The Three Heavens
A Gentle Meditation Practice (with a Little Bit of Movement)
Taoist sages long ago created beautiful and evocative maps of our inner worlds to help us cultivate deep wakefulness and profound ease. Their imagery was poetic and profound. Their visions offered a path inward, in ways designed to help us find our way back home to wholeness and peace.
This 19-minute meditation (with a little bit of movement) explores what Taoist masters called the three heavens within us. These heavens, sometimes called fields of elixir, are said to serve as reservoirs of potent energy and vital essence. By nurturing and nourishing the energy flowing through these three heavens, Taoist masters taught, we can cultivate strength, peace, longevity and love.
Whether or not you believe that heaven is within you (not to mention three heavens!), exploring these three regions of the body can be both soothing and enlivening. Sometimes by simply placing our hands on our bellies we can sense some inner ease or unease, some sense of being settled or a little off. Sometimes when we place our hands on our hearts we can sense warmth or coolness, bouyancy or depletion, lushness or a sense of being parched. And when we rest our hands on our brow, we might sense congestion or thickness or deep blue peace.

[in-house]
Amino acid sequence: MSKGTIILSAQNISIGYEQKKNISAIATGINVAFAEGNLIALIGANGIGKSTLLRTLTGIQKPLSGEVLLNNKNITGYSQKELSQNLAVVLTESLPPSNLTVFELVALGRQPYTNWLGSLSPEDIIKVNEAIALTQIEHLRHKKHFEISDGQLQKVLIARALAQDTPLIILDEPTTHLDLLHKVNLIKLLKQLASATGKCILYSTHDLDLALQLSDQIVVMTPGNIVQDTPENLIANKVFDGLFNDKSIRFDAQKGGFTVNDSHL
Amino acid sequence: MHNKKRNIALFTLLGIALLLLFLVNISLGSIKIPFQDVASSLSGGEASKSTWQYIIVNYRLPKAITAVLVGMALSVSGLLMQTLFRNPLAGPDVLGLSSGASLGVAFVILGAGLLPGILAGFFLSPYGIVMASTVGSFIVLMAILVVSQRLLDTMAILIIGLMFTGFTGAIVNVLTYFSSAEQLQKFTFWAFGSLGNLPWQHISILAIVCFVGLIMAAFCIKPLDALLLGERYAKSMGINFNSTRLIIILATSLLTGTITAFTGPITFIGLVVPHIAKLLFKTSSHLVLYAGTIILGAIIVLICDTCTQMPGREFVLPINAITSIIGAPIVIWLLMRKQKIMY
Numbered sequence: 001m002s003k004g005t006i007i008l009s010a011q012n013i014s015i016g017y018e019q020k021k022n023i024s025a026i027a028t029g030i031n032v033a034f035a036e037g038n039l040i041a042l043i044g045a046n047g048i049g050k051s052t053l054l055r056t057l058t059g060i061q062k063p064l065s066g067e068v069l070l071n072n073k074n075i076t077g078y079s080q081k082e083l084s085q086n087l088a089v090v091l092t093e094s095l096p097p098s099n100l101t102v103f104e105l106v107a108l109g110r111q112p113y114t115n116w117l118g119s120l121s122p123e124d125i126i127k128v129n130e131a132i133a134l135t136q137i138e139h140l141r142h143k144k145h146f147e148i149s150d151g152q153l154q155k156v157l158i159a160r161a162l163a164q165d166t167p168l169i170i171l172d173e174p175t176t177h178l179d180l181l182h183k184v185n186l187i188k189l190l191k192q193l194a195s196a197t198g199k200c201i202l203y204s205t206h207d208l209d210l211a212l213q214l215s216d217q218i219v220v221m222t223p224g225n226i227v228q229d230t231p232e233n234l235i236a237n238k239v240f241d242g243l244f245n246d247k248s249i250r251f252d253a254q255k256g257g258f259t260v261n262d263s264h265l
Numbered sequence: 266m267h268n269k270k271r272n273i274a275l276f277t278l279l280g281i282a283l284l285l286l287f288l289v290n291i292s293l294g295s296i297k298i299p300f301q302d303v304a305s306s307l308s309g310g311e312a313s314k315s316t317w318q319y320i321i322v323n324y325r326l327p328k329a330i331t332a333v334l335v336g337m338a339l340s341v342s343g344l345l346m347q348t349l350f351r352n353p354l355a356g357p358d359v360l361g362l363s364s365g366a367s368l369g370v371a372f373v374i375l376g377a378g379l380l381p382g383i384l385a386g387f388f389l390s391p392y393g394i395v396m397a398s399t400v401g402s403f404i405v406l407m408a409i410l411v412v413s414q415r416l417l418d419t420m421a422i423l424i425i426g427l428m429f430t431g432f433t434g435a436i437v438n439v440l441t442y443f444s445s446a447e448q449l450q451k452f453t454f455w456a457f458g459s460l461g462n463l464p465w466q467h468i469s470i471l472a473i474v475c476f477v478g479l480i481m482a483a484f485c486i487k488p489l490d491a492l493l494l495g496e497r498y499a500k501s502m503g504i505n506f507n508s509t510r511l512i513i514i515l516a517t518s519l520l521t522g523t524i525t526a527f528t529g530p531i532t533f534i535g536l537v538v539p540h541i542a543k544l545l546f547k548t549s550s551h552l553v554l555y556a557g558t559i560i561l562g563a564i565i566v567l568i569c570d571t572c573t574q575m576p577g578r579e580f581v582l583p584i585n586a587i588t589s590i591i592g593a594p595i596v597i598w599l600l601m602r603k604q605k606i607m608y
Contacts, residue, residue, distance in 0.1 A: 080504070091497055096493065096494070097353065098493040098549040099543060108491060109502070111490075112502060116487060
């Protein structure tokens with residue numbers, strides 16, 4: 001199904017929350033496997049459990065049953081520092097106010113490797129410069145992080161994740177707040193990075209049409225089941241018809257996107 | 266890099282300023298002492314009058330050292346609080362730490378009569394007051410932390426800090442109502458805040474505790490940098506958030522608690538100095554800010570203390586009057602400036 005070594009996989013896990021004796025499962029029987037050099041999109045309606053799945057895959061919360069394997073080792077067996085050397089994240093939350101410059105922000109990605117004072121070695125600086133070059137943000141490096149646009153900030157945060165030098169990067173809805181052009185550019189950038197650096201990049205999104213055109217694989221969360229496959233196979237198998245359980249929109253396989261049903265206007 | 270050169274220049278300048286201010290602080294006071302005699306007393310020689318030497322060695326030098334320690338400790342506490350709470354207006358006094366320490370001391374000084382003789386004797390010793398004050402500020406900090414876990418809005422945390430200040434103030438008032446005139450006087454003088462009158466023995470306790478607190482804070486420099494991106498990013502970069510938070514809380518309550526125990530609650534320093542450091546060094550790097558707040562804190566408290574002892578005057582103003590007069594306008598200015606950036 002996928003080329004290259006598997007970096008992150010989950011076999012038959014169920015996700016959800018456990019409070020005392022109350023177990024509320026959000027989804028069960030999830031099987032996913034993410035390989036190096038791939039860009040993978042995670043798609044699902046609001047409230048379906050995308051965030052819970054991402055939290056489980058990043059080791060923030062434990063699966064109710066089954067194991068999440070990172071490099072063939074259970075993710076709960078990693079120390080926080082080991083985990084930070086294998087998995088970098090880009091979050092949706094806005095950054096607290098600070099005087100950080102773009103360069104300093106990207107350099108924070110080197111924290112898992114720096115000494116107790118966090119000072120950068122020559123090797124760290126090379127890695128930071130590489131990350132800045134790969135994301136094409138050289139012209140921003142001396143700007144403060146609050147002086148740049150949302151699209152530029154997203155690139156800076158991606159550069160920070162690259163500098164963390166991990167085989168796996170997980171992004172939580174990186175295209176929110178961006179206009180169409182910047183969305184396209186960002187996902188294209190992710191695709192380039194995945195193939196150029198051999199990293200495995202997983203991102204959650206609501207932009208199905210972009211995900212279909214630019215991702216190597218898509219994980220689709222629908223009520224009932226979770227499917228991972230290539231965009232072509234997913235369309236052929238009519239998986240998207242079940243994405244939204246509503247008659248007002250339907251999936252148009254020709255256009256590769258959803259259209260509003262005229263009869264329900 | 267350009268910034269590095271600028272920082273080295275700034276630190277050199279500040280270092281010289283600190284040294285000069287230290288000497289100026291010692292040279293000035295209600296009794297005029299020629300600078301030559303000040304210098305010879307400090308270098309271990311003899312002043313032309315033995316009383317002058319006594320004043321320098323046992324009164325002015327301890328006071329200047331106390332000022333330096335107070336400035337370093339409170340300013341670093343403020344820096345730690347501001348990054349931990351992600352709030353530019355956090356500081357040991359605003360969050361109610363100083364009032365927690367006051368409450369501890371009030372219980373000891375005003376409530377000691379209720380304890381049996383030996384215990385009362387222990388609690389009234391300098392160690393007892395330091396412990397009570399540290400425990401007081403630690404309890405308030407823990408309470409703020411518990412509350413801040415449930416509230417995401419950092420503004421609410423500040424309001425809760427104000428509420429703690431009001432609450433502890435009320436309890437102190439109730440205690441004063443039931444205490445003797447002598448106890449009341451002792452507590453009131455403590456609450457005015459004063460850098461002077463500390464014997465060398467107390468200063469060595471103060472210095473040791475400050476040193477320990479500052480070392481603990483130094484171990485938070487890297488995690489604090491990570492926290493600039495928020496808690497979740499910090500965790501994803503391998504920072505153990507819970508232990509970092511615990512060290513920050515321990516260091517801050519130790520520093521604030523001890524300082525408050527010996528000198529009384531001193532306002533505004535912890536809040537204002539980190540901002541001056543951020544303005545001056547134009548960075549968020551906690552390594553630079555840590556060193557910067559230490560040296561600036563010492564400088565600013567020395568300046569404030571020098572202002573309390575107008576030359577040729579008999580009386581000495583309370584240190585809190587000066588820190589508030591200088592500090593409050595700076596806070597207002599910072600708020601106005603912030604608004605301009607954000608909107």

More and more I find myself astounded by the natural intelligence that seems to flow not just within us but throughout the entire universe. There are ways of knowing and being, I’m learning, that are bigger and wiser than our small and passing thoughts. We short-change ourselves when we are lulled into believing that our brains are the source of the highest form of intelligence there is. Maybe we would be wise to widen our vision just a little bit.
Perhaps there’s a good reason that we instinctively place our hands on our bellies when we have a stomach ache. Perhaps we shouldn’t be surprised when we touch our hands to our chests when we are deeply moved. And any parent knows that there is something big going when we rest a cool hand on the warm brow of an ailing child. Maybe those old masters were on to something, after all.
Mostly, it seems, we just have to make room for this wise presence in the world to let it flow in fullest form. We need only pause, grow quiet and listen for the song of life to reveal itself to us, note by note.
I hope this gentle meditation and movement sequence will deepen your curiosity about the vitality that flows through each of us. I hope it will convince you that there is something more going on here than just a body serving as a house of thoughts. I hope you sense a deeper intelligence that is already within and all around. I hope you are amazed by all you find.
You can find many more resources at my home website. If you’d like to learn more about qigong, a movement practice rooted in Taoist philosophy, this essay offers a primer. And feel free to join us for a Zoom class, where we explore our natural intelligence in all of our movement and stillness sessions.
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